This is a Pipevine Swallowtail, Battus philenor, so perfect it must have just emerged from its chrysalis to sun itself. The bitterness of its host plant--Pipevine--makes it unpalatable to birds.

Check out more interpretations of wings at Sunday Stills.

Saturday, June 27, 2009

A Berry Good Day

Today we harvested about seven quarts of blackberries, and there's still more to come.

This has been our most abundant crop yet, and yet we entirely neglected them this year, forgetting to prune them at the end of season or tie them up to the trellises. It seems our best successes comes through our own inattentiveness. You might say we are accidental gardeners.

This hearkens to Masanobu Fukuoka's idea of not doing unnecessary work in the garden, especially when Nature will do it for you.

She certainly did a fine job with the blackberries!

Friday, June 26, 2009

Color Carnival: Graffiti

Martha, over at Color Carnival has suggested I join in on her photography meme. Be sure to check out the many colorful images others have posted.

Today we made our first summer trip into San Antonio for business and pleasure.

For some reason I find most graffiti sort of pleasurable to look at--perhaps because it is usually very organic and taking up otherwise dead space. With this record-breaking heat wave upon us, blinding light, and crunchy yellow grass, this mural was a welcome surprise for the eyes, tucked into and brightening a little forgotten area of downtown.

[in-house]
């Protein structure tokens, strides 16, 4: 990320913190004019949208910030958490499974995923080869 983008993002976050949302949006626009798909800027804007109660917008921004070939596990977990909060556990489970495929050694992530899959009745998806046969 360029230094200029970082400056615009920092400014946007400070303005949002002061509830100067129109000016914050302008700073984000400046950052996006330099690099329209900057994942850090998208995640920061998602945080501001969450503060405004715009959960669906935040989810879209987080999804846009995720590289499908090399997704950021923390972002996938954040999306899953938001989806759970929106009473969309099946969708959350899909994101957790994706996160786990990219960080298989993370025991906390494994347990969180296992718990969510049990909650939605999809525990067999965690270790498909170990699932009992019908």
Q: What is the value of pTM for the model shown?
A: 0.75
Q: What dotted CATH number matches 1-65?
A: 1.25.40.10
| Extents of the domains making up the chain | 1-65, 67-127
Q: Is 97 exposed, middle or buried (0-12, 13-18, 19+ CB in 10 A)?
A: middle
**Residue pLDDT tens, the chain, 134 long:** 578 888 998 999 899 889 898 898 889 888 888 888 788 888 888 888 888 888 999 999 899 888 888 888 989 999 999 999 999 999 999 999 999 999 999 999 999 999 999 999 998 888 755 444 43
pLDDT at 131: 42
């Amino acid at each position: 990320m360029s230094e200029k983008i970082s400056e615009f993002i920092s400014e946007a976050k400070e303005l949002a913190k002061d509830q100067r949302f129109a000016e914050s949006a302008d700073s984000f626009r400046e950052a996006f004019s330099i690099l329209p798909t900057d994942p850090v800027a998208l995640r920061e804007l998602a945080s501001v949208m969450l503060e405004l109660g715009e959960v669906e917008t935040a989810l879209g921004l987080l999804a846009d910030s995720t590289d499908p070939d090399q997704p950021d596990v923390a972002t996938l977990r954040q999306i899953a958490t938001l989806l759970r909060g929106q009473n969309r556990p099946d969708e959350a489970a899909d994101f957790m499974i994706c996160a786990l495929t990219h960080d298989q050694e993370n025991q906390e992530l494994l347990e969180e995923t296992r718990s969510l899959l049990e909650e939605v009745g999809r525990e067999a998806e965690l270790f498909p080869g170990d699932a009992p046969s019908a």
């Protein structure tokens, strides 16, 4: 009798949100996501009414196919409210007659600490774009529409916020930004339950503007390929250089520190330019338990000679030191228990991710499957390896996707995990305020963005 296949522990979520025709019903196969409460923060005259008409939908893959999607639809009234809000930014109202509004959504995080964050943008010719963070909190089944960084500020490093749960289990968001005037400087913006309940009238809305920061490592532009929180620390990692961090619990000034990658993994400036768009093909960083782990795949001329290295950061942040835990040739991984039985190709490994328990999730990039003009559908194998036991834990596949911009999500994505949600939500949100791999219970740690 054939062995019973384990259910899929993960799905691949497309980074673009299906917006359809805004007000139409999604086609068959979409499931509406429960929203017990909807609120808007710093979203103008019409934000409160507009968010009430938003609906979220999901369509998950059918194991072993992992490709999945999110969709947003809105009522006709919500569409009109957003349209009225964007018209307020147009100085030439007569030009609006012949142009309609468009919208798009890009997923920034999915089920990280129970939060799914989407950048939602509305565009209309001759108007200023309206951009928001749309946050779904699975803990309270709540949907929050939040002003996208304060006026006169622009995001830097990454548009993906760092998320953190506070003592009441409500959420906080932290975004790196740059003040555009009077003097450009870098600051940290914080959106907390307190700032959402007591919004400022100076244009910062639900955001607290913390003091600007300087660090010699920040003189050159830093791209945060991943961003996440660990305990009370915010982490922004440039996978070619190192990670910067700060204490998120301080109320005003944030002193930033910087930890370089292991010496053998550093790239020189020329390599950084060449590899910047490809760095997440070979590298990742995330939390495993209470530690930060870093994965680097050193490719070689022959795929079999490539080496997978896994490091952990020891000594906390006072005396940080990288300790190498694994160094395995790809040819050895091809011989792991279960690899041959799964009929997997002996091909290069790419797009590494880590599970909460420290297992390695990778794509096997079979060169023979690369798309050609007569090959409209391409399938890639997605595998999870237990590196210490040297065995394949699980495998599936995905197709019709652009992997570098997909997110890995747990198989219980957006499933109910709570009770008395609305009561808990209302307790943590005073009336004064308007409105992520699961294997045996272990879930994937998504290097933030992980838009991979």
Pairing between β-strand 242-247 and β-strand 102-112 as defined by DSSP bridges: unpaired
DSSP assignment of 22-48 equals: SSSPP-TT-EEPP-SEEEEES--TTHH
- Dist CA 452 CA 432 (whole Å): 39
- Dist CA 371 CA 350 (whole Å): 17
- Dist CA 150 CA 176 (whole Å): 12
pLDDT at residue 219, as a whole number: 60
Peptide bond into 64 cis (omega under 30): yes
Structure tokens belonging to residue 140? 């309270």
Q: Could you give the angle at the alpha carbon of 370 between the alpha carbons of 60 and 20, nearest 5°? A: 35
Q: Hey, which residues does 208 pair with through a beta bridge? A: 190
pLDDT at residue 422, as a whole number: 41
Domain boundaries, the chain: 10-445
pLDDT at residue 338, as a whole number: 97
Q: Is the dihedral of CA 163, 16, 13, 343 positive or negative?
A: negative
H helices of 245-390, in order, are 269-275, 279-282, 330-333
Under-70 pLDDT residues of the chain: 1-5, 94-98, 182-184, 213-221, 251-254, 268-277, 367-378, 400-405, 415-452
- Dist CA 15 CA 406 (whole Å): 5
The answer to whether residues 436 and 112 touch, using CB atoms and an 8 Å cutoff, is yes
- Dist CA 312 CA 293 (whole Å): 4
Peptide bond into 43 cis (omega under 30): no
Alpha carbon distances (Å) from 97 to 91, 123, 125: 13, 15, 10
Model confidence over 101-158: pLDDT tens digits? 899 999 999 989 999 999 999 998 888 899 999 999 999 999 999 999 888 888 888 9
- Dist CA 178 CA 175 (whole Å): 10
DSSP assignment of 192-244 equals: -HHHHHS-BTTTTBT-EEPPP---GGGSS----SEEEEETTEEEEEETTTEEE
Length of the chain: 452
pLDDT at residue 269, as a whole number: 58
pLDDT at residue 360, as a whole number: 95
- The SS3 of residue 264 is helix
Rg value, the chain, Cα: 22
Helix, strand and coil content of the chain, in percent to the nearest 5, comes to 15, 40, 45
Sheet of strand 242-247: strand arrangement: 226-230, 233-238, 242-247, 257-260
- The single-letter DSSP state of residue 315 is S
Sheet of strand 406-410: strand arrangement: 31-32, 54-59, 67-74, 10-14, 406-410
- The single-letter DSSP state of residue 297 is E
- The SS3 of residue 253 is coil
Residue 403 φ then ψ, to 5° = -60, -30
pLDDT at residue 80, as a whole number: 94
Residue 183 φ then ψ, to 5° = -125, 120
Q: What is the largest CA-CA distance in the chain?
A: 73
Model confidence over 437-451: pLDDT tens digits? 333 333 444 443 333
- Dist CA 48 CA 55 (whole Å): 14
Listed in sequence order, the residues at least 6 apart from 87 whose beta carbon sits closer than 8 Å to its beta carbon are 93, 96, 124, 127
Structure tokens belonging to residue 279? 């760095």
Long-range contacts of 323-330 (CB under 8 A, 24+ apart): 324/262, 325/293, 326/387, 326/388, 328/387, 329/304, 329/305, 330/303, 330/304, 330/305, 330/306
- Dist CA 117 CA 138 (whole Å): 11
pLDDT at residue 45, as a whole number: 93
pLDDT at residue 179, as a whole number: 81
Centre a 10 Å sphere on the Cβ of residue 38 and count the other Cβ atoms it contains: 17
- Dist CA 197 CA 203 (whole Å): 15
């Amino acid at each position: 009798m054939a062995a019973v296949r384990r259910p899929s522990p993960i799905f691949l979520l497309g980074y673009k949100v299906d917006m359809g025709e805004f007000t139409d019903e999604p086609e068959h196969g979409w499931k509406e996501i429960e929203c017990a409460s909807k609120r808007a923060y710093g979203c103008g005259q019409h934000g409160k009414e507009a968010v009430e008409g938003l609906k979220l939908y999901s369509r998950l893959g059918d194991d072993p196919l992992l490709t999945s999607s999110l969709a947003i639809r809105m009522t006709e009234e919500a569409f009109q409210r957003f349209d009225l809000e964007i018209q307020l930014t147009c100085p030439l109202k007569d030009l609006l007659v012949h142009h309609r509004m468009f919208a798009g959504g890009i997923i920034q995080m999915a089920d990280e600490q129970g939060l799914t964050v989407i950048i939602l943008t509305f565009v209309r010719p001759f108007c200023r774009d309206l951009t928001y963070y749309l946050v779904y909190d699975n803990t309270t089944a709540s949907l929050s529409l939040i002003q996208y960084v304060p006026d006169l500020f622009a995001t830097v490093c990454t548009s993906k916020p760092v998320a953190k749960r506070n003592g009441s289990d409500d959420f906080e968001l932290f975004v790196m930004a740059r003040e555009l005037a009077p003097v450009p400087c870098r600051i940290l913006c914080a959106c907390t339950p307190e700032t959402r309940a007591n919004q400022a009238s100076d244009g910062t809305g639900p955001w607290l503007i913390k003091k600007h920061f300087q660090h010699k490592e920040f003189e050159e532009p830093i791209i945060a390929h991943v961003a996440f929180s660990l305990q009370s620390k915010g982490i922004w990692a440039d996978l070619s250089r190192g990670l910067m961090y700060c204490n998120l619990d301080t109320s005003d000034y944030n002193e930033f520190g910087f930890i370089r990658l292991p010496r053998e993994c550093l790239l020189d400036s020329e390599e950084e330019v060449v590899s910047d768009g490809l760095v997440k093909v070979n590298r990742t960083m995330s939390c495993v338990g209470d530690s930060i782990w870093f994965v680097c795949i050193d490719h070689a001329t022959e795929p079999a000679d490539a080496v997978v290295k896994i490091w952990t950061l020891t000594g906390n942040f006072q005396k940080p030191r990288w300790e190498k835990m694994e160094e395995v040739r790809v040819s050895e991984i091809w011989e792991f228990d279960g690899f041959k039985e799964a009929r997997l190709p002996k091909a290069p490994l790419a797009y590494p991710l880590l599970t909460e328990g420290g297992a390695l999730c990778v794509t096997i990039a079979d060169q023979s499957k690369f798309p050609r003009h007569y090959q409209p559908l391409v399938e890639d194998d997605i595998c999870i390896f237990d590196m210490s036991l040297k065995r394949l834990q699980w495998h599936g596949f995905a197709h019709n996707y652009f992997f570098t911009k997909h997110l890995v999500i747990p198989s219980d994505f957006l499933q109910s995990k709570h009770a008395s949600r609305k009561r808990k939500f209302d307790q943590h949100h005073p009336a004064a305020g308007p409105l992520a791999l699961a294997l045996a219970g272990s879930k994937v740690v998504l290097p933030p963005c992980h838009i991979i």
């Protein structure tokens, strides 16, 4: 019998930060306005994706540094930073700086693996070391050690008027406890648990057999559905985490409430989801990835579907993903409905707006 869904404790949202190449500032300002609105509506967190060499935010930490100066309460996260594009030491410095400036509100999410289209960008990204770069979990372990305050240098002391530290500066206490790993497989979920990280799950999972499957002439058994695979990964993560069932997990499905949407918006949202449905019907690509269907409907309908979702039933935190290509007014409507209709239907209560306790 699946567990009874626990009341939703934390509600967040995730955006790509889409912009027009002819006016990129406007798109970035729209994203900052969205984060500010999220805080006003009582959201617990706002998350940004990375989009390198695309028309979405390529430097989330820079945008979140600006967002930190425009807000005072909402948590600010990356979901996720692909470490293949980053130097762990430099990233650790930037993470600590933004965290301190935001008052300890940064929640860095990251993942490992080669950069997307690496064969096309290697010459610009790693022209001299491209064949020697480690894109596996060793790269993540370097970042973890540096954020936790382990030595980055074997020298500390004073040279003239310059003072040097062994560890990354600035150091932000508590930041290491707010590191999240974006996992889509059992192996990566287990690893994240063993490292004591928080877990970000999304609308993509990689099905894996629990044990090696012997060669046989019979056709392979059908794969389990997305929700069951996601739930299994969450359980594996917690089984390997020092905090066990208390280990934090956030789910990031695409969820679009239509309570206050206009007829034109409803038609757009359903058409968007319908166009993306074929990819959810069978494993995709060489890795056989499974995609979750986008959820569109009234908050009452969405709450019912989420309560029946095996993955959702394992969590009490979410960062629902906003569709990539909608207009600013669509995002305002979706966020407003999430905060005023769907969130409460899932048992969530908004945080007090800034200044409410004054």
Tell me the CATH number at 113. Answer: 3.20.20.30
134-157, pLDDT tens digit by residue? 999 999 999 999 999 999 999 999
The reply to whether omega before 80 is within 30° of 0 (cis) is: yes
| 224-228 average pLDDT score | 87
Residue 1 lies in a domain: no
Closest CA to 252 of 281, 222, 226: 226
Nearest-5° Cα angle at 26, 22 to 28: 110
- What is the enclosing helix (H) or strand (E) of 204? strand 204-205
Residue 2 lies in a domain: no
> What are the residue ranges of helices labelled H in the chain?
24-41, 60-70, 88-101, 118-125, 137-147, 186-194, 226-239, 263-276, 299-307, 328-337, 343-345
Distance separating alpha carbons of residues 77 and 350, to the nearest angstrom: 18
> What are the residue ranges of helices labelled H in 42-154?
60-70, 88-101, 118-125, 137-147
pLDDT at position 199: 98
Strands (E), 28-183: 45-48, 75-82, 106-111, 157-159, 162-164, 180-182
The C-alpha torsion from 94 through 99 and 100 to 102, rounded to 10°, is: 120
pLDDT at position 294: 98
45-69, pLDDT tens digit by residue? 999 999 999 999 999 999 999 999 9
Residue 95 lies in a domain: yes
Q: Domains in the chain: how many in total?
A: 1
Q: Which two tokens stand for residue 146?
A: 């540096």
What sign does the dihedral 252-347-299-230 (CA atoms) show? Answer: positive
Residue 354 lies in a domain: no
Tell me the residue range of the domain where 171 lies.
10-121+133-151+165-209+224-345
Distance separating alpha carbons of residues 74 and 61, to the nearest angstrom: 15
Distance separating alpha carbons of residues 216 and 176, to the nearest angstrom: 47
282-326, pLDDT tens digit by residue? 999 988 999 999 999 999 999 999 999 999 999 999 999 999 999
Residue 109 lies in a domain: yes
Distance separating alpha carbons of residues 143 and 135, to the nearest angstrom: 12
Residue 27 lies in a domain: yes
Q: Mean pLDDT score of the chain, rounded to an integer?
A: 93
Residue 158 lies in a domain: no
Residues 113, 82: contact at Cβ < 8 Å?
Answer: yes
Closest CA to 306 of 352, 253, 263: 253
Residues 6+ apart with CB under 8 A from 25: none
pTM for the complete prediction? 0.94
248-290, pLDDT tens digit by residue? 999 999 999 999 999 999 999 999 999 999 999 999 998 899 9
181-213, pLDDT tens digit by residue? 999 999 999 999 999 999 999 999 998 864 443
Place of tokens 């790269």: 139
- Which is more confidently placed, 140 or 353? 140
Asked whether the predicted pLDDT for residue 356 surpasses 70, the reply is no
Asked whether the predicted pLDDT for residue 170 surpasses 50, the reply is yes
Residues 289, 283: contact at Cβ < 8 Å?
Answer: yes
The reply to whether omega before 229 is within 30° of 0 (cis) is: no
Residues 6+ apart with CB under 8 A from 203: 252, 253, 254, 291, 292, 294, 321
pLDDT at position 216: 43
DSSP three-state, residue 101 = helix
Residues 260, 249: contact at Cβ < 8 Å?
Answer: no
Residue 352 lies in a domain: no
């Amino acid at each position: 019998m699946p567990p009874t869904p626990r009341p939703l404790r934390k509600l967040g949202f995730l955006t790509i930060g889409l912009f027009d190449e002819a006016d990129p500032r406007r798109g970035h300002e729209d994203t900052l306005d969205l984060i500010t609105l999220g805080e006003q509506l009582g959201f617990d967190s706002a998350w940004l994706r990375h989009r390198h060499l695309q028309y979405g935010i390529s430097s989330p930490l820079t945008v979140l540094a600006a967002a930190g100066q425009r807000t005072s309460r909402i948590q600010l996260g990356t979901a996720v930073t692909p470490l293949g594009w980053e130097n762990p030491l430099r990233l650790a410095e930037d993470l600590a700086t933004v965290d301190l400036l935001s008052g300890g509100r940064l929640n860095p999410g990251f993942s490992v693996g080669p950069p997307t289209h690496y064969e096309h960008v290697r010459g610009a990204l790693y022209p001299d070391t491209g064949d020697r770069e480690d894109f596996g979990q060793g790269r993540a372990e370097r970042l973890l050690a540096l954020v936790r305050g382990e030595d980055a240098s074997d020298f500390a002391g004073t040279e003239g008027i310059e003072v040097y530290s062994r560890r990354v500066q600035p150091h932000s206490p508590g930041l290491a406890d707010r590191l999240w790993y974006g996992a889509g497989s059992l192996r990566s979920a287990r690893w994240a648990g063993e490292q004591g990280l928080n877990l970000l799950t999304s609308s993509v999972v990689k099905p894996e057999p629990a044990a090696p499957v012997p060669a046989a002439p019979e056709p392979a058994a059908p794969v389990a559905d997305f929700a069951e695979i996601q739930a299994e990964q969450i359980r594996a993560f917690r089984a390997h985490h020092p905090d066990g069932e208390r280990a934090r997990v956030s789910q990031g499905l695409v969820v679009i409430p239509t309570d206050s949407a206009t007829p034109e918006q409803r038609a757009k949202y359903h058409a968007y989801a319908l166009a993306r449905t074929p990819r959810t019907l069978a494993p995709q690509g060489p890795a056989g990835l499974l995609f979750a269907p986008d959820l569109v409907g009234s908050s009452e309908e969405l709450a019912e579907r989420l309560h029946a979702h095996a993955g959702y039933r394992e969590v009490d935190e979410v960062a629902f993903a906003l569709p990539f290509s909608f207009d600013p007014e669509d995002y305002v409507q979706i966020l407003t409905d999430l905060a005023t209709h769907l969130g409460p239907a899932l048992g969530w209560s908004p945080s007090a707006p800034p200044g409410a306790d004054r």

Thursday, June 25, 2009

Stand By Your Tree

Thanks to our son and his wife, Farmer Rick received a wonderfully thoughtful Father's Day gift of this sweet Pomegranate tree. This evening we potted it up into a clay pot and will attend to the tree's needs in the shade until fall, when we will plant it in the Earth.

Today's high was 106 (again!) with a heat index of 109 degrees so we don't want it to go into shock.

We are very glad to see it is drought tolerant!

Wednesday, June 24, 2009

A Call for Bathroom Renovation Ideas

Welcome to our "good" bathroom. It's old and small but has enough charm with which to work. I'm thinking you (homesteaders, artists, photographers, shepherds, poultry enthusiasts, and general blog friends) might have some good ideas to share with me, once I introduce you to the project.

Let's talk positives first. The vintage tub is nice enough (see previous post) and would be difficult to replace so it stays. I like this antique mirror in there, but it may need to be repositioned.

I also like these artisan plate covers I got on a trip to Arizona. Maybe it's the botanist in me.

Last year I purchased enough of this saltillo-like tile to do the floors and the walls. But since peeling off the vinyl wallpaper, I discovered a fake tile board wainscoting and painted it white. Now I'm kind of liking the half white look and thinking a smaller white tile for the wall wainscoting, and this tile only on the floor.

In general, I like Southwest style, as well as Mediterranean, Middle Eastern, and Mid Century Modern. My entire house is sort of artsy-eclectic. I wanted to replace the 1940's chrome fixtures with wrought iron, but I didn't want them to feel bulky or too primitive. So I just purchased these Tuscan Villa fixtures on sale. I like the curves.